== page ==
Morgan has completed the bulk of its spending to get into these nontraditional products. Now the payday is at hand.
In the second quarter, even if you took out trading and other market-sensitive income, the bank had close to 10% revenue growth. That's the high end of the industry.
This company can demonstrate a fully-taxed 17% return on equity on a long-term basis. The stock is trading around $72. 1 think this company could be a better than $105 stock by the end of 1994.
Q.: How about Mellon?
KRAUSHAAR: Mellon was especially aggressive in addressing credit problems early. But there is still a drag from credit costs that is masking a very high ROE. Over the past two years, if you stripped out the credit costs, Mellon has demonstrated a better than 16% ROE in its basic businesses.
This is also a company that has been in the forefront of shifting its business mix from spread-related to fee-based income. The acquisition of the Boston Co. accelerated that. Before some expected divestitures, noninterest income for Mellon will be 50% of revenues. That is nearly twice the industry average.
The average bank share trades at 170% of book value. Mellon is about 140% of book. Our price target is the near $80 by the end of 1994. [Mellon shares were trading at $56.50 Thursday afternoon.]
Q.: Is Fleet a classic "fallen angel?"
KRAUSHAAR: Fleet was an analyst favorite through most of the 1980s. Now the stock trades at 1.55 times book, below the group average.
Investors were worried about the New England economy, the publicity around the finance company, and the value of the mortgage company, which has been hurt by a step-up in refinancings.
But what the market has not focused on is that the company has shifted gears and is focusing on what it must do.
Fleet a year ago was among the first banks to pursue the bulk sale of bad assets. It has announced a meaningful expense-reduction program. It is making headway in integrating the Bank of New England. And it is working its way through problems at the mortgage company.
Fleet will emerge as a low-cost producer. It also has an unusual diversification of its franchise out of traditional banking and has geographically diversified out of New England.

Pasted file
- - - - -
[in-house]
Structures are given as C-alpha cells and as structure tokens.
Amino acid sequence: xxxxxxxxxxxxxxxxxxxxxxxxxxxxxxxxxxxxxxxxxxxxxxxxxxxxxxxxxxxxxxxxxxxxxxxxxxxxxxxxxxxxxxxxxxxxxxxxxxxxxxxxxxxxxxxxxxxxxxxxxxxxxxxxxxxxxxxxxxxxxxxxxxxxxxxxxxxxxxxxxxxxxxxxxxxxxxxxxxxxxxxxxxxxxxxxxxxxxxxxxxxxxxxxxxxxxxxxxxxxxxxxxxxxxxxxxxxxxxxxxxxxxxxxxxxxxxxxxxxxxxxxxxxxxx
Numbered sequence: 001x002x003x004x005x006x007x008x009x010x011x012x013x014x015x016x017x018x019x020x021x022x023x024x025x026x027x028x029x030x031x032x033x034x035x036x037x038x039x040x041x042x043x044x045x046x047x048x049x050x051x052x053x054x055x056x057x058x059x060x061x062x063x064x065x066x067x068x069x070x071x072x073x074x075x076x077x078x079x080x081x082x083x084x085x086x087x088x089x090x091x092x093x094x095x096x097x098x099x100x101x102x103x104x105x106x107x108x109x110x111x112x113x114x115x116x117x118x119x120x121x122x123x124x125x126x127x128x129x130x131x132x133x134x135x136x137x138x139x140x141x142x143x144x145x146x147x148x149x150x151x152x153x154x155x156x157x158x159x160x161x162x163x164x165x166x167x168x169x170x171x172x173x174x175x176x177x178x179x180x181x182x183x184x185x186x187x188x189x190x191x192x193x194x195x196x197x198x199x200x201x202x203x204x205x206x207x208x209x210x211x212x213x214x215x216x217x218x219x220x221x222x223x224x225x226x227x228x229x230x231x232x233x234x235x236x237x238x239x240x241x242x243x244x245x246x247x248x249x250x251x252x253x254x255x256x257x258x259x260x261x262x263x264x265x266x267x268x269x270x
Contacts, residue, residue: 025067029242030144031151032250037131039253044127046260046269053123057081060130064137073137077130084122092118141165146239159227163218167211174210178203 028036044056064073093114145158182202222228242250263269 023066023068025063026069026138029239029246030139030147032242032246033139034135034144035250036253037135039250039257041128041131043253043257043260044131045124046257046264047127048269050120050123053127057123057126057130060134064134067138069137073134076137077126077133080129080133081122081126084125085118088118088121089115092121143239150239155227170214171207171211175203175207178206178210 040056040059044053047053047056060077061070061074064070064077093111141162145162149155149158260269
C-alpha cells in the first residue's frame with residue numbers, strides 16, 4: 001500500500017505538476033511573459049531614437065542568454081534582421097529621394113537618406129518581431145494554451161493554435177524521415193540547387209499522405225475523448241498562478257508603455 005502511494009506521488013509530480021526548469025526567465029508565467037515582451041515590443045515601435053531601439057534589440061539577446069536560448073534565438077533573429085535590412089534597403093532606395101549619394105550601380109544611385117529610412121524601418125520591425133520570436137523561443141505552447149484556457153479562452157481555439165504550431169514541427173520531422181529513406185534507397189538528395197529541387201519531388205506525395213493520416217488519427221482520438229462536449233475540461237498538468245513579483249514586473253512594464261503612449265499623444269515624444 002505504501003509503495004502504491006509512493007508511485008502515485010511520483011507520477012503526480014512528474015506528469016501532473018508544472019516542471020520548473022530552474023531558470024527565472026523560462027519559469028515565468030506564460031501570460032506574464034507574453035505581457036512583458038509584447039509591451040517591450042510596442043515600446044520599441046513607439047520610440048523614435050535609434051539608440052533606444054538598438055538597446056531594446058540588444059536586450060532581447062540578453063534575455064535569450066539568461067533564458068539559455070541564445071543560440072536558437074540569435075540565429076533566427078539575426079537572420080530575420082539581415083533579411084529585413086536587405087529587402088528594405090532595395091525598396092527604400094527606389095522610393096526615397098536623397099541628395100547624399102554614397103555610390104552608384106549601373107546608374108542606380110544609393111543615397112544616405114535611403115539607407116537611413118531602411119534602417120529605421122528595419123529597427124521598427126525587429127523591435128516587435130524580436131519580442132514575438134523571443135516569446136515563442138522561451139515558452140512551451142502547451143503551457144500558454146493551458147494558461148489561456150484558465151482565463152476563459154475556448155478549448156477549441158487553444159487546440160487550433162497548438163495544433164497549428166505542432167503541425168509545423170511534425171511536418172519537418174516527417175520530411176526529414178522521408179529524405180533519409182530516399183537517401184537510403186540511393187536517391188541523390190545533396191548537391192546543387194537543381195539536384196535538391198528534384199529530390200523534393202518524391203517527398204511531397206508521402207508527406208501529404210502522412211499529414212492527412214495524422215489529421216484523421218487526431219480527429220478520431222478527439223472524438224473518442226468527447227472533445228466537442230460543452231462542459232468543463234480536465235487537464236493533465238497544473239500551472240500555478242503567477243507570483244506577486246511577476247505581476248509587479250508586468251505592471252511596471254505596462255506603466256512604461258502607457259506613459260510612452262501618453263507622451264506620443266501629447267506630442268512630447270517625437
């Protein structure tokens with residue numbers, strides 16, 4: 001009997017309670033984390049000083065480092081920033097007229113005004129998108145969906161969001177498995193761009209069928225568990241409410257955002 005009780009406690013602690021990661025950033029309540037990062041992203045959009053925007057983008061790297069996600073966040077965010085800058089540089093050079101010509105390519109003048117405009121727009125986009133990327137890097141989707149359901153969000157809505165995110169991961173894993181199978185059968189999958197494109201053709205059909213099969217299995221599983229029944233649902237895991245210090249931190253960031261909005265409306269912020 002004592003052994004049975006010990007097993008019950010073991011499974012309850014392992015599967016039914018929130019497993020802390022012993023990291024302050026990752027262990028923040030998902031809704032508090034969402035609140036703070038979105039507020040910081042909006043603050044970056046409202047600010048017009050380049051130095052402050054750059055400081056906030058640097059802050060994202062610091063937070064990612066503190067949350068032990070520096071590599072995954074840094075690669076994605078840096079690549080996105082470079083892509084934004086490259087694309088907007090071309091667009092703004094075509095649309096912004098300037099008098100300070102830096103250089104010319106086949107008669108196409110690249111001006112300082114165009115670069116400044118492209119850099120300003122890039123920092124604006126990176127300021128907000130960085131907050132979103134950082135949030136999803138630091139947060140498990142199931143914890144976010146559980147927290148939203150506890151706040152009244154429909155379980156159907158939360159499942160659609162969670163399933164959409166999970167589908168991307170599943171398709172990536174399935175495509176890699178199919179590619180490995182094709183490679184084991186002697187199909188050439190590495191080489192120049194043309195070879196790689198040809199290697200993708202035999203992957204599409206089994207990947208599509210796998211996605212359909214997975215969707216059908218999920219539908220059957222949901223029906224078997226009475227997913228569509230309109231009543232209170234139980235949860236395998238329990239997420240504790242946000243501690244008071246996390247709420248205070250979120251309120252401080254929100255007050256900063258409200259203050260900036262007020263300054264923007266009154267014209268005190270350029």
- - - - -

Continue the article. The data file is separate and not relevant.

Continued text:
Our view is that Fleet two years from now will demonstrate an ROE north of 17% and will no longer trade at a discount to the group. [The company's ROE in the second quarter was 14.08%.] Our 12-month price target is upper 40s.
First Union is a similar story: cost reduction, nontraditional earnings stream, and an inherently high ROE. First Union has been misunderstood because of the economics of its acquisitions in the past. Our price target is around $65 by yearend 1994. [The shares were at $43.625 late Thursday.]
Q.: National City seems to be another company that has fallen into disfavor.
KRAUSHAAR: National City used to be a high performer and a low-cost producer. Then they took their eyes off the ball. They suffered from two large acquisitions they made in the last five to six years. What I like about this company is that it's waked up to the fact that it's fallen from grace.
In the last 1 1/2 years, management has worked diligently at cost cutting. I think reported expenses will be flat in 1993 and 1994, which means earnings will probably grow to the tune of a 15% compound rate, without having to rely on declining credit costs.
National City's ROE will be back to 17% or 18% in 1993 and 1994. [The company's return on equity in the second quarter was 14.80%.] This should be trading at mid- to upper 30s by 1995.